The New Proper Way to Perform CPR – Chest Compressions Only, No Mouth-to-Mouth

It is probably one of the most adrenaline-pumping experiences a human can have. You are sitting at the beach with you friend, as they go into the ocean, however, their foot gets stuck and they are pulled under the water. You rush in and save them, but they aren’t breathing. It is then that you know you are about to have to perform CPR. However, what how would you do it? I’m sure that 90% of you would do the “standard” chest press, with the breathing. But what if you weren’t doing all that you could to save your friend — or better yet — what if what you were doing, was actually hindering their recovery? Well, this hypothesis has now been turned into a likelihood. A study is now showing that chest compressions seem to be the absolute key in order for someone to recover from a cardiac arrest — not mouth-to-mouth resuscitation, as millions of people believe.

There was a study which was performed in Japan that showed when people focused on chest compressions, rather than mouth-to-mouth, the victims were more likely to recover without any brain damage. However, this isn’t fairly new-news. The American Heart Association actually revised CPR guidelines more than a year ago. They stated that one must perform 30 chest presses, instead of 15, for every two breaths given. This is because when one stops chest compression to blow air inside the lungs of the victim, actually detracts from keeping blood moving to provide oxygen to the brain and heart. So when you give a person mouth-to-mouth in excess, you are actually stopping life-saving nourishments from being delivered to the brain.

However, there is more than the physiological side of the new CPR standards besides what was mentioned earlier. By removing the mouth-to-mouth portion of CPR, it is more likely that bystanders will be willing to help. This is because many onlookers in a time of distress are unwilling to perform mouth-to-mouth, because they are not quite sure if they will get the ratio of breathing, and chest presses correct during an emergency. Plus, I know many people who would not perform mouth-to-mouth on a complete stranger for hygienic reasons — even though, the last point is slightly superficial, it is the truth.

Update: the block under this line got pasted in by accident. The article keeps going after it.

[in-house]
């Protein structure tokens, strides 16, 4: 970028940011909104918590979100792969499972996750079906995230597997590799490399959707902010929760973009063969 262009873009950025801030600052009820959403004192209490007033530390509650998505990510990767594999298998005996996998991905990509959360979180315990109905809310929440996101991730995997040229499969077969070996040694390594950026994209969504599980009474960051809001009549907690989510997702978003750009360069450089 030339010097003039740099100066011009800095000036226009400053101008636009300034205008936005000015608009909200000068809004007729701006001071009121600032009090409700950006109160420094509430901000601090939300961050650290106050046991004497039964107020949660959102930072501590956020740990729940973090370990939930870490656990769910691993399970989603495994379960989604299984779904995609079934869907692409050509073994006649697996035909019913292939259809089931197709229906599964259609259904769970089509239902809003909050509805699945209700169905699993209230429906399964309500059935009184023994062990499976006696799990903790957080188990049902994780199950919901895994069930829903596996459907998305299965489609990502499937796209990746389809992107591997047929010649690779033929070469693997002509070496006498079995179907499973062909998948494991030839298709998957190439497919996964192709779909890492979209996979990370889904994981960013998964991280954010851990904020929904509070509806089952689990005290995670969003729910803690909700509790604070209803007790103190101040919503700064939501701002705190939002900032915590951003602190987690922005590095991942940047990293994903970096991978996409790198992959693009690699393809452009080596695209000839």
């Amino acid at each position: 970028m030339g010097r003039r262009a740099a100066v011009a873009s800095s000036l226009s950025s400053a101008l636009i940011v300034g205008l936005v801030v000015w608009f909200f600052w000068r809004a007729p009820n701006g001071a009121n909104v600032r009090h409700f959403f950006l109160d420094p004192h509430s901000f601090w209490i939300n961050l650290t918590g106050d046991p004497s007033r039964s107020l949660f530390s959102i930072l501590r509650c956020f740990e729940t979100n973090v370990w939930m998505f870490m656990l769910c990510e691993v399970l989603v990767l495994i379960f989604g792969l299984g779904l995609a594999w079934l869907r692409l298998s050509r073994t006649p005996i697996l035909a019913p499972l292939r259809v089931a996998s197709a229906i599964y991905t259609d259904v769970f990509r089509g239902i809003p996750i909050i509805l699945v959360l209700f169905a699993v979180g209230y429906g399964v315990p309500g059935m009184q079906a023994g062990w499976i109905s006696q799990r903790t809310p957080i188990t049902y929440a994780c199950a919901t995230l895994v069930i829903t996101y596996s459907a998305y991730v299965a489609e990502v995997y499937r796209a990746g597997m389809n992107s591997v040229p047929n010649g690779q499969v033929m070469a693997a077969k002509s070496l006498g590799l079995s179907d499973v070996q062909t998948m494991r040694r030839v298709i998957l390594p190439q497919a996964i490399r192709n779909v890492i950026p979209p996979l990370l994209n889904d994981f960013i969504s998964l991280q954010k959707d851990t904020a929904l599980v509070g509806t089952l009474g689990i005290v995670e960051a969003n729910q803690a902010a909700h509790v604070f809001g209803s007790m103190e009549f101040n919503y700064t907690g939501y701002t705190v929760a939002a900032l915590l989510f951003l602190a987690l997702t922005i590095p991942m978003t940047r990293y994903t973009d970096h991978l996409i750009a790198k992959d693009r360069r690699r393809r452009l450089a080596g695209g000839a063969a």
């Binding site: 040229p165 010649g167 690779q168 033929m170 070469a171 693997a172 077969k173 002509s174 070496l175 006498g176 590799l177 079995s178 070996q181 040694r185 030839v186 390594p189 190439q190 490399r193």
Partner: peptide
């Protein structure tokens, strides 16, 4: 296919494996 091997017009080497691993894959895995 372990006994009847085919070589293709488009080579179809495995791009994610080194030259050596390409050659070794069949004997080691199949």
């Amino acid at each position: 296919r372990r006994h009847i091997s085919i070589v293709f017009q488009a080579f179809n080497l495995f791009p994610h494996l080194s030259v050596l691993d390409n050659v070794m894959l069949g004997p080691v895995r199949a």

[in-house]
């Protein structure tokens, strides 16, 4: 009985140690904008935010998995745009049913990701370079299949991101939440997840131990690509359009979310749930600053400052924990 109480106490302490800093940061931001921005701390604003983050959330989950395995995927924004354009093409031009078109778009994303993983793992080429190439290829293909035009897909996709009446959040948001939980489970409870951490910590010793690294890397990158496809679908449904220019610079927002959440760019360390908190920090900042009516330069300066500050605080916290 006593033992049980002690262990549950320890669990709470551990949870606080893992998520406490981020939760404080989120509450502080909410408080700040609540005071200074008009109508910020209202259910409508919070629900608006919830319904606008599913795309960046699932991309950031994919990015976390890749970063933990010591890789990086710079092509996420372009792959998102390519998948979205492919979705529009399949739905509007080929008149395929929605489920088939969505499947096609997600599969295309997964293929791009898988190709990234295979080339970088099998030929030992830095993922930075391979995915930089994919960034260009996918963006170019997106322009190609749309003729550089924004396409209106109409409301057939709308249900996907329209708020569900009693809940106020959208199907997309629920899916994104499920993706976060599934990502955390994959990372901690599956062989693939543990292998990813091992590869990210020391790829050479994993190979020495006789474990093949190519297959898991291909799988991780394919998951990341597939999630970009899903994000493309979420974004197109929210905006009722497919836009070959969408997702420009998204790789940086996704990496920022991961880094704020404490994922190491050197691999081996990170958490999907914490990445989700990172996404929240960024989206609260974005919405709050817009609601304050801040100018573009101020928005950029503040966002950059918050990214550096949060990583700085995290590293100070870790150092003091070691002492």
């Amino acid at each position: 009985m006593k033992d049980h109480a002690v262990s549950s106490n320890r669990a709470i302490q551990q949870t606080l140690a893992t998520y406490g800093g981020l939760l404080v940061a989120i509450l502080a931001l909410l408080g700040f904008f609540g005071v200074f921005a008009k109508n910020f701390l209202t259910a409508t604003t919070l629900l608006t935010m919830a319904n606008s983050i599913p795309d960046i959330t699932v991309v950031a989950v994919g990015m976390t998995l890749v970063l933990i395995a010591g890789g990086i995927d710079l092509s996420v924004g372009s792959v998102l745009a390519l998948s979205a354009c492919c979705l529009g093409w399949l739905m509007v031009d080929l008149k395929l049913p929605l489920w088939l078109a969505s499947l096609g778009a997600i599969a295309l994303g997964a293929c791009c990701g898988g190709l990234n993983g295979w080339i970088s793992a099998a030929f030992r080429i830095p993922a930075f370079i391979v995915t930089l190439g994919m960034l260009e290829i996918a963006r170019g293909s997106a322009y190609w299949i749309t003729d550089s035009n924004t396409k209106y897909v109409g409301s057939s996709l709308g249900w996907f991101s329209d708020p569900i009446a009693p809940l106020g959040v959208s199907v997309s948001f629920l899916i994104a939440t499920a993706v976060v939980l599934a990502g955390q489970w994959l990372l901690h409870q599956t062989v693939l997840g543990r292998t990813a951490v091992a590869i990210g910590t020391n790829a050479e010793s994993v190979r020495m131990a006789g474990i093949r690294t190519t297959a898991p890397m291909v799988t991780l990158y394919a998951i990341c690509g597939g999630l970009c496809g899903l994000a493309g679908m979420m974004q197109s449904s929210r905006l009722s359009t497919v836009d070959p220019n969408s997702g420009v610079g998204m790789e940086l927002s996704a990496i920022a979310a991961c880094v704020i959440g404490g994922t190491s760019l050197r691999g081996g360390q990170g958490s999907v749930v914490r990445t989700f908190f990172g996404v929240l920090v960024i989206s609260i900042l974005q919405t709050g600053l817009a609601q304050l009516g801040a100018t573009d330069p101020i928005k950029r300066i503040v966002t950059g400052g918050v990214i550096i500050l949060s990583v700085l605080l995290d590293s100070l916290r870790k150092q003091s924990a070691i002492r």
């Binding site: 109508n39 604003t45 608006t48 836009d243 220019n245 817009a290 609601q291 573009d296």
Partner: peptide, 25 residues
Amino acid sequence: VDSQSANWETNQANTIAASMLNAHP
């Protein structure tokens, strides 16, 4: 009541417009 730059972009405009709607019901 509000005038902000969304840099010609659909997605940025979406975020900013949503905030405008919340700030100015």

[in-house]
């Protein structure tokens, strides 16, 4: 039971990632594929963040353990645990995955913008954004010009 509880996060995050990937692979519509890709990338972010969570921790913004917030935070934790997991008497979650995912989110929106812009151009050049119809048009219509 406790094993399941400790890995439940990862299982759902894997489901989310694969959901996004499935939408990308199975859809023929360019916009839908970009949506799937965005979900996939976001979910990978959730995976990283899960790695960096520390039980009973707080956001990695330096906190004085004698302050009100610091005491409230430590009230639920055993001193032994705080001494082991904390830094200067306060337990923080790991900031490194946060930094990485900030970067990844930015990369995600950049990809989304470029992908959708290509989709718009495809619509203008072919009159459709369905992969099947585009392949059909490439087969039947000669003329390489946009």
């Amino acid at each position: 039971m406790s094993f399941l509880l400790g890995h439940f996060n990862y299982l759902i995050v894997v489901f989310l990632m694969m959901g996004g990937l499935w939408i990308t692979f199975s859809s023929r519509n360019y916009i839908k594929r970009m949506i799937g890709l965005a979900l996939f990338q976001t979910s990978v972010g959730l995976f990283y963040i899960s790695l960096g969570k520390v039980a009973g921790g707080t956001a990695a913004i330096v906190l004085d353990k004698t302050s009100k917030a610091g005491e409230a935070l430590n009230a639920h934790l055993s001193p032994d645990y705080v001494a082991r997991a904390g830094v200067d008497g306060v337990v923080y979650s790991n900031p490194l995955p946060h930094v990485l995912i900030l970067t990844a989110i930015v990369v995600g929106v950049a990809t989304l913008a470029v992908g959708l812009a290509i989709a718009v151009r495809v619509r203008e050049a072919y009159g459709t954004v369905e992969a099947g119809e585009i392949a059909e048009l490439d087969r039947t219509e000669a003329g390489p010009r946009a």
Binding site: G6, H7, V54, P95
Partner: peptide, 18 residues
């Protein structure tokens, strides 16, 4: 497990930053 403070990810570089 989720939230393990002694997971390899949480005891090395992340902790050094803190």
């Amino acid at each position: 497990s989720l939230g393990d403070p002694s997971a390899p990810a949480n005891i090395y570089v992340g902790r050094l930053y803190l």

The reason for such an immediate change in the standard CPR guidelines, is because within the research that was performed by Dr ken Nagao of Surugadai Nihon University Hospital in Tokyo. Within this study, Dr Nagao analyzed 4,068 adult patients who had a cardiac arrest that was witnessed by bystanders. Out of this number, 439 of these patients received only chest compressions (no mouth-to-mouth), and 712 of them received the standard CPR — compressions and mouth-to-mouth. Even though both of these methods highly improve survival odds, 22% of the patients who received only chest compressions survived with very good neurological functions. However, only 10% of the patients that survived via standard CPR survived with good neurological functions. This is a very large difference.

However, The American Heart Association said that the study will make an unlikely change in the way the public performs CPR. Its recommendation states that bystanders provide compression-only CPR if they are “unwilling or unable” to do mouth-to-mouth breathing at the same time. The heat association was stated saying, “It is important to note that victims of cardiac arrest from non-cardiac causes, like near-drowning or electrocution, and almost all victims of pediatric cardiac arrest benefit from a combination of rescue breathing and chest compressions.”

In the United States alone, more than 300,000 Americans die annually from cardiac arrest. Also, 75 – 80% of all cardiac arrests happen outside of a hospital, usually at home. And if one is to perform effective CPR, it can double the victim’s chance of survival. However, roughly, 9 out of 10 cardiac arrest victims die before they arrive at the hospital, partly because they didn’t get CPR. Thus, it is very important that you understand how to perform CPR effectively, because you never know when the life of a loved one – or a complete stranger – is in your hands.